Warriors power forward David Lee had his second surgical procedure to flush out an infection in his left elbow Monday, setting off a whirlwind of speculation as to how the injury was initially treated.
In a unique move by the Warriors, who are usually guarded when it comes to injuries, they made the doctor available to the media Tuesday. Dr. Bill Maloney said that the infection probably could not have been avoided, then explained the treatment process and offered a glowing outlook for Lee's recovery.
Lee, Golden State's $80 million man, was still hospitalized at Stanford Hospital on Tuesday for further treatment and monitoring.
The 6-foot-9 forward got a puncture wound from Wilson Chandler's tooth in the third quarter of the Warriors' win over the Knicks last Wednesday. Lee's elbow was wrapped, he returned to the game, and he made two free throws with 1.5 seconds left to put the Warriors up by five points. After the game, the Knicks' doctors cleaned the wound and sent Lee on his way.
"I know there is a lot of speculation out there, but it almost doesn't matter how it was treated," Maloney said. "I don't think they could have avoided this. The die was cast when he got the tooth through the skin with a deep enough puncture wound to allow the bacteria to get in there."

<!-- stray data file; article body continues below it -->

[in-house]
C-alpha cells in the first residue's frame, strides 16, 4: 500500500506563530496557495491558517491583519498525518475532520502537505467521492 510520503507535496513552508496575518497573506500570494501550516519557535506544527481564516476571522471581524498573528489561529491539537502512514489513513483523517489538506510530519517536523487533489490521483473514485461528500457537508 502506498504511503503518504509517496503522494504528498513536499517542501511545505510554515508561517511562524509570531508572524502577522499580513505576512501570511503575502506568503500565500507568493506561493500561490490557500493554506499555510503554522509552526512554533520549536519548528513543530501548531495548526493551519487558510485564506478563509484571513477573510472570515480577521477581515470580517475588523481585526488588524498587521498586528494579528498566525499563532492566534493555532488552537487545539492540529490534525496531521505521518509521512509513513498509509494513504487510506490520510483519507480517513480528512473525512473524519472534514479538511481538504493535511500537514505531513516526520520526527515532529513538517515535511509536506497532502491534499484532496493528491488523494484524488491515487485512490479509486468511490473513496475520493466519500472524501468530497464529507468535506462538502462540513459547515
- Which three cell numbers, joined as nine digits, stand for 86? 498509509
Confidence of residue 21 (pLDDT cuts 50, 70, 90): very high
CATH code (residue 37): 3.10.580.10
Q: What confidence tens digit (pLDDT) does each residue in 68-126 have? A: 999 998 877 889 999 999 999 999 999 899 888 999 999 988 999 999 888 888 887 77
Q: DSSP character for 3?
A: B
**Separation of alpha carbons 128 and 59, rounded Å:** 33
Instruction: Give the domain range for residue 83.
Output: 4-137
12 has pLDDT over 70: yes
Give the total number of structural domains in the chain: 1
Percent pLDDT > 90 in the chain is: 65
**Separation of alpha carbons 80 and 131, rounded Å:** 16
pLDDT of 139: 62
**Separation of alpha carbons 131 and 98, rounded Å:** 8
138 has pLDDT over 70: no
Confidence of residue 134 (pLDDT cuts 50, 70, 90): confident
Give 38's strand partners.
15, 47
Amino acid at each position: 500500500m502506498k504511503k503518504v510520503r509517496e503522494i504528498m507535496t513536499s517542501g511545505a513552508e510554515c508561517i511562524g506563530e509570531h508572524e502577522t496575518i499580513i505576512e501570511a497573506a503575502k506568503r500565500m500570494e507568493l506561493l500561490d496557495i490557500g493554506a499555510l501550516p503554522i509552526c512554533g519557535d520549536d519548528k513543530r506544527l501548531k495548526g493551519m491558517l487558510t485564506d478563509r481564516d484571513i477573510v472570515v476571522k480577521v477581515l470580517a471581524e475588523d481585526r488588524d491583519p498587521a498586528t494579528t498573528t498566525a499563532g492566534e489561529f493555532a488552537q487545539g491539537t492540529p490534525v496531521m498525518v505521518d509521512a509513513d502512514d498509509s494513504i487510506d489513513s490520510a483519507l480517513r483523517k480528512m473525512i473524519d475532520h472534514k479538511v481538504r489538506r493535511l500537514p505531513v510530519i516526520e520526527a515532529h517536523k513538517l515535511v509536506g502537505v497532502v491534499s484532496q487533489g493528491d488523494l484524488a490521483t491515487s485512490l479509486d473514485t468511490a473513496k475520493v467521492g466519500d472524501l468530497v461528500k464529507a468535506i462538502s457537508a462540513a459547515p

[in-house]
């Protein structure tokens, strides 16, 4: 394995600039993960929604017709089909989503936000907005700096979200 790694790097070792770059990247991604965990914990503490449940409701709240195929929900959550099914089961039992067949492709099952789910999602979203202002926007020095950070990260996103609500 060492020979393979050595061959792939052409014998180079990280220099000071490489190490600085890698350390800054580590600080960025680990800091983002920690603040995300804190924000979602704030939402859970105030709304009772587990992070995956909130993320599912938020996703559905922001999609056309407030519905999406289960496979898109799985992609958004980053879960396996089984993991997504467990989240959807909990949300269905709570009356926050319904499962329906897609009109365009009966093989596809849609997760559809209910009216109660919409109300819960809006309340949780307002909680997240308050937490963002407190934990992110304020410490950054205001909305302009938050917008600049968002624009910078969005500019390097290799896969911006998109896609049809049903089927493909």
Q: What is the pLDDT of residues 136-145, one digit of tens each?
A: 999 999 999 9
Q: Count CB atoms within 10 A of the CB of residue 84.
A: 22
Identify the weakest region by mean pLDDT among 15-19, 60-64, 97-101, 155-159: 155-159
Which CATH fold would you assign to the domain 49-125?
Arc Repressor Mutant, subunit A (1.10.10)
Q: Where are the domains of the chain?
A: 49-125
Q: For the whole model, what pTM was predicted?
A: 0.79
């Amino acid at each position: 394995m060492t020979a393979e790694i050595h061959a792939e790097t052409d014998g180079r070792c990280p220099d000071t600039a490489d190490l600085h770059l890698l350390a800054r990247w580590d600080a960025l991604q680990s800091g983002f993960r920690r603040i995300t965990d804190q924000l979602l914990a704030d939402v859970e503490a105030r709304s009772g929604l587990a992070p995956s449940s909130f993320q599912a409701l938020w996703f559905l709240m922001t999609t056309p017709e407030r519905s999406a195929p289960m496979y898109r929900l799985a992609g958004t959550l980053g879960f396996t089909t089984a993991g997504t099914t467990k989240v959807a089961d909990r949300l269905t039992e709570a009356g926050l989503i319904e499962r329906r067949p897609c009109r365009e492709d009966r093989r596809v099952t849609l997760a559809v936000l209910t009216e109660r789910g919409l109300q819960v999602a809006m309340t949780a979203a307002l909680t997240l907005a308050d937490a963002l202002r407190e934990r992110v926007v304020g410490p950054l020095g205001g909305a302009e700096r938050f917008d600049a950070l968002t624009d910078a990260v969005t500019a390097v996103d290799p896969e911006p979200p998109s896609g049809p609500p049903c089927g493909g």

The Warriors flew to Chicago for the tail end of a back-to-back, and Lee awoke Thursday in "the worst pain" of his life and went to the emergency room. His elbow looked like a grapefruit that had been kicked around a dirt lot as he explained why he was missing the Bulls' game with an "elbow scratch."
After the 30-point loss to Chicago, Lee was evaluated by the Bulls' doctors and went back to the emergency room. That's when new owner Joe Lacob, who had corresponding business in New York and Chicago, stepped in. He had his plane wait at Midway Airport for Lee and general manager Larry Riley, and they flew back to the Bay Area.
"It's a very dangerous situation," said Lacob, who reached out to his connections at Stanford and brought in some of the 49ers' physicians. "It didn't feel to me like it was going well. I made the executive decision to bring him back to California. They're all over it."
Lee had his first surgery performed Friday in Fremont by Dr. Frank Chen and was released the next day. By Sunday, he was back at the hospital - this time heading to Stanford.
Maloney said the infection might need to be washed out four or five times, and he hopes that Lee will be released from the hospital by the end of the week.
"Everybody wants him to get better and go back and play quickly, but the mistake we're trying to avoid is letting him get back too soon and letting it get stirred up again," Maloney said.
Maloney wouldn't hazard to guess, but it sounds as if Lee will miss another two or three weeks. The swelling and redness around the elbow have shown progress and it's draining, according to Maloney.
"Every time we look at it, it looks better, but these things are notoriously bad actors," he said. "David is not going to have any long-term (effects). Delayed diagnosis could lead to very serious problems, but he's not going to have any of those."
The Warriors are 1-2 without Lee and have been outrebounded by 21 in those three games. Some of the locker-room jollity has disappeared and much of the defensive communication has been muted.
"I didn't even notice he was missing," center Andris Biedrins tried to joke. "No, we really miss that guy. It's really, really bad.
"Hopefully, he'll get better soon and be able to come back and help us."